But the image of burning Jewish shops didn’t lend itself to a conversation about civil rights and the systemic exploitation of Black people. Instead, the remaining Jews on Minneapolis’ North Side had had enough, and a new wave left for the suburbs.
“My generation, we were born during the Depression, we grew up during the Second World War…we finally found some peace in the 50s, and I’ll tell you, by the 60s, where it was happening on Plymouth Avenue, I think we were just kind of like, ‘oh shit,’ you know?” said Marilyn Chiat, a local Jewish historian who grew up on the North Side in the 1930s and 40s.
“I think we just didn’t have the energy,” she said. “We just wanted some peace.”
The Black community in Near North had the same wants, Belton said.
“The same fear about the uprising that impacted the Jewish community also impacted the Black community,” he said. “There were lots of Black people who also were fearful, who were uncertain, who wanted to leave.”
But blockbusting, aimed at Jews, points to the larger reality of Near North. The Black community was trapped.
“The ability to abandon is an economic privilege,” Belton said. Jews “were leaving people who were not able to leave.”
One of the few recorded cases of blockbusting in North Minneapolis, found by Star-Lack, happened shortly after the first Plymouth Avenue unrest in 1966. Morris Klugman, head of the realty Gail Company (and then-vice president of the Twin Cities B’nai B’rith Council), put an advertisement for his business in The American Jewish World, the Twin Cities Jewish newspaper.
“Krazy Klugman will buy all the property you have for sale on the North Side,” the ad read. “Watch your neighbors sell when our signs go up.”
Some Jews, seeing the ad, complained to the Jewish Community Relations Council that it was a form of blockbusting, and executive director Samuel Scheiner called Klugman to stop the ad from running anywhere else.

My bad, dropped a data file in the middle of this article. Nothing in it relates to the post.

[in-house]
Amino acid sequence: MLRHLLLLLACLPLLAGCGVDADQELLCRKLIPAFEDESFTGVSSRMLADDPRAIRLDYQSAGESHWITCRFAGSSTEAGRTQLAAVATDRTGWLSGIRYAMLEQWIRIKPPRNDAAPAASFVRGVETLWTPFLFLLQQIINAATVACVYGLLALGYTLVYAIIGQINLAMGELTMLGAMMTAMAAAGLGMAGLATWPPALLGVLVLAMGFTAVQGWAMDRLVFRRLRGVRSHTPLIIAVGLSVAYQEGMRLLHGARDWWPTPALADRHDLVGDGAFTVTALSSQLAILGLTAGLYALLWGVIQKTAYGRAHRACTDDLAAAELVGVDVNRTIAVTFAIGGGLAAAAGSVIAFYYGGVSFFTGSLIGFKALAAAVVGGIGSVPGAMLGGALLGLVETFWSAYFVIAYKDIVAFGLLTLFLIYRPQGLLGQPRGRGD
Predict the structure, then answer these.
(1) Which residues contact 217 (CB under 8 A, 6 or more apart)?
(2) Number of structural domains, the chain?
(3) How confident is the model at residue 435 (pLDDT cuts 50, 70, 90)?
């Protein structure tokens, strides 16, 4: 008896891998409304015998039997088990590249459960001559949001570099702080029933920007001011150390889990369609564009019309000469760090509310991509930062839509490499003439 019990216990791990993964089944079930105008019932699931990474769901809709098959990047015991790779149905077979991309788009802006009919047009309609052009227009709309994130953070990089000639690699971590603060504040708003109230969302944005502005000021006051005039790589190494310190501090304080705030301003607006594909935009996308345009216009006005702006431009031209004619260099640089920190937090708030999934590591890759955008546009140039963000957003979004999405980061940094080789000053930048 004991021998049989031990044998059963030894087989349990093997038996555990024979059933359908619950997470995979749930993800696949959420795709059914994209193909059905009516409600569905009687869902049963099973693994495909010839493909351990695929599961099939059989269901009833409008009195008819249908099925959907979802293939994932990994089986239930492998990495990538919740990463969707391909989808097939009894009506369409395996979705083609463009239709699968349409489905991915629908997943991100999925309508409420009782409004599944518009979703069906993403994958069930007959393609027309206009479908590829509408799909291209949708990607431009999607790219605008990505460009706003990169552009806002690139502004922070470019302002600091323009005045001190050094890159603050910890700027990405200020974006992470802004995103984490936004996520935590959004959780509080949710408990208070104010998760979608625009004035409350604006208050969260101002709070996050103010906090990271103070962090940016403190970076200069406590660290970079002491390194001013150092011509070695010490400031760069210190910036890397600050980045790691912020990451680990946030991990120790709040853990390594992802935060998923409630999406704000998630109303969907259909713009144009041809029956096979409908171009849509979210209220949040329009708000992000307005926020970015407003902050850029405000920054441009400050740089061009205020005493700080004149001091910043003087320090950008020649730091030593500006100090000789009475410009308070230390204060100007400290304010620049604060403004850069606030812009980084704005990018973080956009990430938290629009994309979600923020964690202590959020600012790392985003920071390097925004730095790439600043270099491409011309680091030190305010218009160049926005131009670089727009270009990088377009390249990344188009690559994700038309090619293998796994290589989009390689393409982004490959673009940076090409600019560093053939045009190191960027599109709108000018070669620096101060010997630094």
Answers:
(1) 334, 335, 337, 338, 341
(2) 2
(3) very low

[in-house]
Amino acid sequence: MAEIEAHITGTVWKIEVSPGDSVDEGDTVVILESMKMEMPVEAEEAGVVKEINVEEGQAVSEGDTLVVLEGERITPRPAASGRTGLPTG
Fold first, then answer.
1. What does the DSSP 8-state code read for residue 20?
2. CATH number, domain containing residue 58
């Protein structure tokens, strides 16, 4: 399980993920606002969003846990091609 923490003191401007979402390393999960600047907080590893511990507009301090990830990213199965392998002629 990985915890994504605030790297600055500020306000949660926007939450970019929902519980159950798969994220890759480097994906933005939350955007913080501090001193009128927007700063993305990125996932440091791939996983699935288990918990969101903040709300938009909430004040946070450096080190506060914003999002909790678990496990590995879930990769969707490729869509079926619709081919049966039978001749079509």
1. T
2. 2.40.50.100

Klugman would pull the ad, but not before candidly defending himself as a product of the Jewish community. A JCRC report described that “Mr. Klugman remained adamant that he was entitled to run this kind of an ad.”
“[Klugman] indicated that he had not created the situation on the North Side but that the Jewish community had created the situation for itself by having made a mass exodus from the area…therefore there was nothing wrong with an individual taking advantage of the situation.”
The Rift of Blame and Anti-Semitism
By the late 1960s, most Minneapolis-area Jews and Jewish institutions had left Near North, and accusations of Jewish real estate exploitation morphed into full-blown attacks.
In 1969, the newspaper of The Way, a Black community center in Near North established after the Plymouth Avenue unrest, published a scathing editorial.
“Just because we have seen many Jewish slumlords own the rat and roach tenements and make no attempt to make these dwellings fit for human dwelling and fight against it; we are called antisemitic,” the editorial read. “Jewish brothers, have no fear, we are not antisemitic…we will fight anyone that is or attempts to exploit the Black Community.”
But Jewish leaders had a tough time engaging with what felt, despite the denials, to be a wave of anti-Semitism. The conversation was irreconcilable.
“We had all kinds of bitter attacks by the Blacks on ‘the Rothschilds of the North Side.’ They never said, ‘the Jews.’ It was ‘the Rothschilds,’” said Rabbi Kassel Abelson, then-rabbi of Beth El, in an interview with the St. Louis Park Oral History Project.
“They were talking, ‘Every revolution has to have its bloodshed.’ I remember responding, ‘But, you’re talking about my blood and I’m not going to shed it.’ So, there were bitter exacerbated feelings that grew and were never bridged between the Jews of the North Side and the Blacks.”
Across the country, as versions of the Near North story played out in other cities, those feelings stayed unresolved.